13. Cloudsweeper99

    Cloudsweeper99 Treasure Hunter

    I think this statement is wrong, but can you clarify what you mean?
  14. coleguy

    coleguy Coin Collector

    When a country re-structures it's monetary system, even if debts are erased, their currency cant just reset to pre collapse levels. Thats what I meant. So $1000 of gold bought during a collapse would not garner a pre collapse worth of investment...you'd still have $1000 in gold. Thats all I meant.
    Guy~
  15. Billincolo

    Billincolo Senior Member

    Guy: Yes, but ...

    Start with your entire fortune of $1000 in currency in one hand, and your investment of $1000 in gold in the other hand.

    Imagine that the government devalues your currency 50%, and that $1000 in currency is suddenly only worth $500 in buying power. Now, you will need $2000 to buy what your $1000 would buy pre-devaluation. But, you still only have your $1000 in currency, so you can only buy half as much as before.

    Your gold, which was worth $1000 before the currency devaluation, is not devalued. It is now worth $2000 in terms of the new dollars. Its value has not been diminished by the dollar devaluation.

    So, what you said is correct in a way, but the part that was left out is that the gold holds its value as you said, but the currency loses value, and, you still only have the currency you started with.

    At least, that's the way I understand it ...
    Bill
  16. coleguy

    coleguy Coin Collector

    I agree, Bill. I suppose I should have clarified that 1000 was assuming people are buying in an already depressed market. Thats why I think people who buy gold now, when the dollar is so low, will never recoup their money. Had they bought when the dollar was strong, thats another story. Like you said, gold pretty much stays stable as currencies and the amount it takes to buy it moves. Still, the subject has me interested in finding that book.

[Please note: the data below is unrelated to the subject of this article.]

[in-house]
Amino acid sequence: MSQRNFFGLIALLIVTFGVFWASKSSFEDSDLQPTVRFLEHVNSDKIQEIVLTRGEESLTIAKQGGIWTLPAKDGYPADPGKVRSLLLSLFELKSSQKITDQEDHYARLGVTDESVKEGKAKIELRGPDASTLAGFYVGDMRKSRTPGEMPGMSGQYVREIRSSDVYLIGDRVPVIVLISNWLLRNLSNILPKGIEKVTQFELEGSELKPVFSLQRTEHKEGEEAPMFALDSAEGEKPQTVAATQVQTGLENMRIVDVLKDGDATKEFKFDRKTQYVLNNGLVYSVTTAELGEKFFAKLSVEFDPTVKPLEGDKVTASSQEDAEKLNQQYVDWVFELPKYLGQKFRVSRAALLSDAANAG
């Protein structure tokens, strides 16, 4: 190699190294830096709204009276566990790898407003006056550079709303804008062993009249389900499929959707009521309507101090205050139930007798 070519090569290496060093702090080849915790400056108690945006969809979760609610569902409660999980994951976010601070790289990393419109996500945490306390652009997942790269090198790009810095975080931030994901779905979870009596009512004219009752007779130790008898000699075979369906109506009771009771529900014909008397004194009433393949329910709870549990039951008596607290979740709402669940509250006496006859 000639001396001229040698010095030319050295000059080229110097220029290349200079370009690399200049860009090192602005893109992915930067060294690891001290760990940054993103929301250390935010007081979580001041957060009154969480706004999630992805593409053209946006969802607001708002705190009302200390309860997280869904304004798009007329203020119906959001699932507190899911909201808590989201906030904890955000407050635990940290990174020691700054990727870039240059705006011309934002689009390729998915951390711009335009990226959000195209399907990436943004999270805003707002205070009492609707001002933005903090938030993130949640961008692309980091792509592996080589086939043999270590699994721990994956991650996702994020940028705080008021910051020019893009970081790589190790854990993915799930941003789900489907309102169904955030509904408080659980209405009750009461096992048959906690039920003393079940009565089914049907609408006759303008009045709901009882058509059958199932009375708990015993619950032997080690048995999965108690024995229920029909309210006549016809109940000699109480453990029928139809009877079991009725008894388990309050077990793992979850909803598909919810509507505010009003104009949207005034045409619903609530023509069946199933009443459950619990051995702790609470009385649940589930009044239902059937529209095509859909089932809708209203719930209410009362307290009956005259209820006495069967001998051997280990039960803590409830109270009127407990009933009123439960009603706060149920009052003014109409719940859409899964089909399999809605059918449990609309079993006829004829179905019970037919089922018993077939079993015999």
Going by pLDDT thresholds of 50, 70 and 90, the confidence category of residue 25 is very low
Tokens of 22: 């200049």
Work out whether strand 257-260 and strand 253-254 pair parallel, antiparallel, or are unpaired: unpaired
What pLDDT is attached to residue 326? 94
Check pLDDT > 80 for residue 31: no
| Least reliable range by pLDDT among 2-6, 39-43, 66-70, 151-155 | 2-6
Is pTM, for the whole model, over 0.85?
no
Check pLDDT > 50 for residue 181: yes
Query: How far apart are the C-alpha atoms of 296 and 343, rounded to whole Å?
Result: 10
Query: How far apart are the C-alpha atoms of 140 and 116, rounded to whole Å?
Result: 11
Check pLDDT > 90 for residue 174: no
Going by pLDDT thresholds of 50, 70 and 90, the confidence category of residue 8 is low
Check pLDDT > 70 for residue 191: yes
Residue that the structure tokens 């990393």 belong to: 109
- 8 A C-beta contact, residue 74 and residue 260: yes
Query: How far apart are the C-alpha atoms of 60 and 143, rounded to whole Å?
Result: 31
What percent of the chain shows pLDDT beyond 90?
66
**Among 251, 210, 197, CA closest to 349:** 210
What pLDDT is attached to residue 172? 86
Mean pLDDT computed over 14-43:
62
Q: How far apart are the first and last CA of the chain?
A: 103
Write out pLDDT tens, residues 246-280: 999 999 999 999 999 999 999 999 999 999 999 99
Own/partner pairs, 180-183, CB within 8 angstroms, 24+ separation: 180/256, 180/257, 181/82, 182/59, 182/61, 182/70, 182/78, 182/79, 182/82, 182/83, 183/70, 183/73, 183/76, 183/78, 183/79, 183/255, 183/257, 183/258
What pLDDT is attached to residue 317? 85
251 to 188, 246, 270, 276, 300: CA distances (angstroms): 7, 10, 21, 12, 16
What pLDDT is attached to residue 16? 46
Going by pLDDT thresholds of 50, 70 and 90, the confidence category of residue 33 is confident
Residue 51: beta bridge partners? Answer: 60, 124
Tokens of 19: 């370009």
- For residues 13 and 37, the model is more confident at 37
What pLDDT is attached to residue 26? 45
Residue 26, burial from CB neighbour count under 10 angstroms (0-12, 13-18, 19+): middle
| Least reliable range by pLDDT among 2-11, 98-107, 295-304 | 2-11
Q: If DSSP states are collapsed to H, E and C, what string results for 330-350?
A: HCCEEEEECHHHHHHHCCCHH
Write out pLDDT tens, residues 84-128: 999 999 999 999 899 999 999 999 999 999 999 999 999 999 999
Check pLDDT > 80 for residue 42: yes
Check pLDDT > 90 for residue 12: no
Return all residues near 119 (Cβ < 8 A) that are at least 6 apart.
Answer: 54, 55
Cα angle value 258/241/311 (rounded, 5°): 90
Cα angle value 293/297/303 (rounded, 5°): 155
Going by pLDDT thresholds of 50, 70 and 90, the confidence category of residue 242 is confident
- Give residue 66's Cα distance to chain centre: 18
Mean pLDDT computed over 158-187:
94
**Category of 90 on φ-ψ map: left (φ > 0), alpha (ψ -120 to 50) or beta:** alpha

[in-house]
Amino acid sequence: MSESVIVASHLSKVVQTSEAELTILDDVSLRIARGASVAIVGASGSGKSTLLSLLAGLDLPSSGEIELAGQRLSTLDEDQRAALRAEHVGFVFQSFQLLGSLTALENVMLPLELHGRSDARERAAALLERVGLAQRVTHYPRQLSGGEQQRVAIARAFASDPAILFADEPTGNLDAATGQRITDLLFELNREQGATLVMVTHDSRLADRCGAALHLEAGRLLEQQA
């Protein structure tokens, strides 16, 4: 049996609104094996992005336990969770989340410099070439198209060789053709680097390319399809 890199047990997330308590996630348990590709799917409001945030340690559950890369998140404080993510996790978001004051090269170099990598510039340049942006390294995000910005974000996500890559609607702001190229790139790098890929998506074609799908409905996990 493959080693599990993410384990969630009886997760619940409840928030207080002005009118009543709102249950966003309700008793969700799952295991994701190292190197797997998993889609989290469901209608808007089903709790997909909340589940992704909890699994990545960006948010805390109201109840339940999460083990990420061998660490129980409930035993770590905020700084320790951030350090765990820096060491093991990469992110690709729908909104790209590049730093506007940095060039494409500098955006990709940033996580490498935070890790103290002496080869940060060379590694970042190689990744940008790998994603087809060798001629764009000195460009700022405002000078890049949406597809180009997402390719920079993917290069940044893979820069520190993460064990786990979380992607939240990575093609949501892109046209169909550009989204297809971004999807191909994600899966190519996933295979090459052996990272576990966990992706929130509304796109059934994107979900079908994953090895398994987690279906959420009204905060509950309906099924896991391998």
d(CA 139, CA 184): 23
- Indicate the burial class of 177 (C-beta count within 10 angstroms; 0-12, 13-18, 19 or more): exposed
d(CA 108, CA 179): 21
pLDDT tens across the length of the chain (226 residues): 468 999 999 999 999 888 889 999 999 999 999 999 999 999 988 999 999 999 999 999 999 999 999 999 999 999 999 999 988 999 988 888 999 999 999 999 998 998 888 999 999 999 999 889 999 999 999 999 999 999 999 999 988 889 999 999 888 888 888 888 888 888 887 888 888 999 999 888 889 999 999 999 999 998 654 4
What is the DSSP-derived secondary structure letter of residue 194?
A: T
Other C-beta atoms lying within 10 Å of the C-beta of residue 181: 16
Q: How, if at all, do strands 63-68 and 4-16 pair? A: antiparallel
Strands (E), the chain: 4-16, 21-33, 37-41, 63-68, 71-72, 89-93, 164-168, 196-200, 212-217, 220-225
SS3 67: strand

Guy~
  17. Billincolo

    Billincolo Senior Member

    Thanks Guy -- Yeah, it's a good book. But, the authors stop short of saying anything at all about the value they project for gold in the future. They do use the term "stratospheric" in relation to its future value, since they see it as one more big bubble -- a huge one that we'll have to sell out of at the right time.

    BIll
  18. Zuhara

    Zuhara Junior Member

    I agree that gold is not a terrific buy in USD terms at current prices :). But it depends on how much lower you think the US dollar could go. When they revalue SDRs in the fall, we may find that the US dollar is going to be reweighted. And if they want the dollar down at least another 40%, or if they "lose control" of this game at some point, you may still come out ahead if you have some of your assets out of the USD IMO.